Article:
Leading health experts on Tuesday said that Gujarat had the potential to emerge as a healthcare hub, but also added that a lot of work still needs to be done on that front to translate it into a reality.
“Gujarat, one of the leading states in India, has all the makings to emerge as a popular medical tourism hub,” said leading medical tourism consultant, Prem Jagyasi, talking on the sidelines of the healthcare seminar at PDPU, Gandhinagar. However, he added, for this to happen the state needs to improve the medical facilities and also develop supporting infrastructure.
Speaking at the seminar, the CEO of Jupiter Hospital in Thane, Ajay Thakkar said, “Gujarat is uniquely positioned and can attract both international and domestic medical tourists. The fact that a large number of Indian expatriates are Gujaratis can benefit the state in becoming a medical tourism hub.”
If Singapore and Thailand could attract a million medical tourists every year, Gujarat had the potential to get two million medical tourisms in 10 years from now, said state health minister Jaynarayan Vyas.
“The state government is taking several steps to promote medical tourism. Large investments are being made into healthcare sector, and more money will be pumped into the sector,” Vyas said.
The health tourism sector will make bigger contribution to the state’s GDP than industry by 2025, he added, calling upon the participants to tap the vast potential in the state’s healthcare sector.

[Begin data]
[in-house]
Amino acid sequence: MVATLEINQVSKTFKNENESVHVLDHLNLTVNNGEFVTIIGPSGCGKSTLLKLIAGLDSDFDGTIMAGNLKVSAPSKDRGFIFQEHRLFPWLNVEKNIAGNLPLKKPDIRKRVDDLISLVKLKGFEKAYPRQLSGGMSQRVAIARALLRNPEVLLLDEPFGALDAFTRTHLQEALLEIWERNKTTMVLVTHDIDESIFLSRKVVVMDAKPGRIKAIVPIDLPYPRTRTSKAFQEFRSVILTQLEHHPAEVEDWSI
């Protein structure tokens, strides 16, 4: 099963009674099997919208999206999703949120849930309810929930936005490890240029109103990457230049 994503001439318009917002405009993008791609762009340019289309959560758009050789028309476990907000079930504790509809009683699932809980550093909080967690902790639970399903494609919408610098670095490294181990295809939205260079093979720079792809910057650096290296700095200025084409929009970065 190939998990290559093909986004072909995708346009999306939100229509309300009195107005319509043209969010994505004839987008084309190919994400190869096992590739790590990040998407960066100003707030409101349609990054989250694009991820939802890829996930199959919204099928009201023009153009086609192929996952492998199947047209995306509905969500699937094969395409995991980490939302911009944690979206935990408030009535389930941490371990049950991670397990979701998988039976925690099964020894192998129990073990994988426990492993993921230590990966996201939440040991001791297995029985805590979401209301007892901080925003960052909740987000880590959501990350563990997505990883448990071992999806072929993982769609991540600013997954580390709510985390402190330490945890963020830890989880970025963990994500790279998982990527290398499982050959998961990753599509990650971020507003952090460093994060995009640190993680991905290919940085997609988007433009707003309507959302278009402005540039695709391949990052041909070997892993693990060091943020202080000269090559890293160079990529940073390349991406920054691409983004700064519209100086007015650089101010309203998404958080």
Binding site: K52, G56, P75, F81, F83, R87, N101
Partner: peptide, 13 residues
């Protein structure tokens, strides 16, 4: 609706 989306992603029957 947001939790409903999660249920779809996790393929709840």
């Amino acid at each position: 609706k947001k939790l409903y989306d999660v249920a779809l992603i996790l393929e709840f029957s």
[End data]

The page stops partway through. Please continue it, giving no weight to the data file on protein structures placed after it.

During the seminar, the participants deliberated on trends like setting up of Medicities, alternative financing in healthcare, healthcare education and setting up of new projects through Public Private Partnership model.
While the experts were enthusiastic about Gujarat’s prospects at emerging as a healthcare hub, they however, said that a lot of countries were vying for the medical tourism pie, and Gujarat would have to do a lot of work for becoming a player to reckon with in the field.
“The state needs to work on strengthening the medical infrastructure if it has to attract medical tourists,” said Marwan Abdulaziz, director, business development, Dubai Healthcity.
Consultant Jagyasi, said, “Medical tourism is not just about low costs, there are also other factors that decide where a particular patient travels to. So there is a need to work on high quality healthcare, perception of the destination and develop tourism benefits. The government must also ensure that the healthcare system remains available, affordable and accessible.”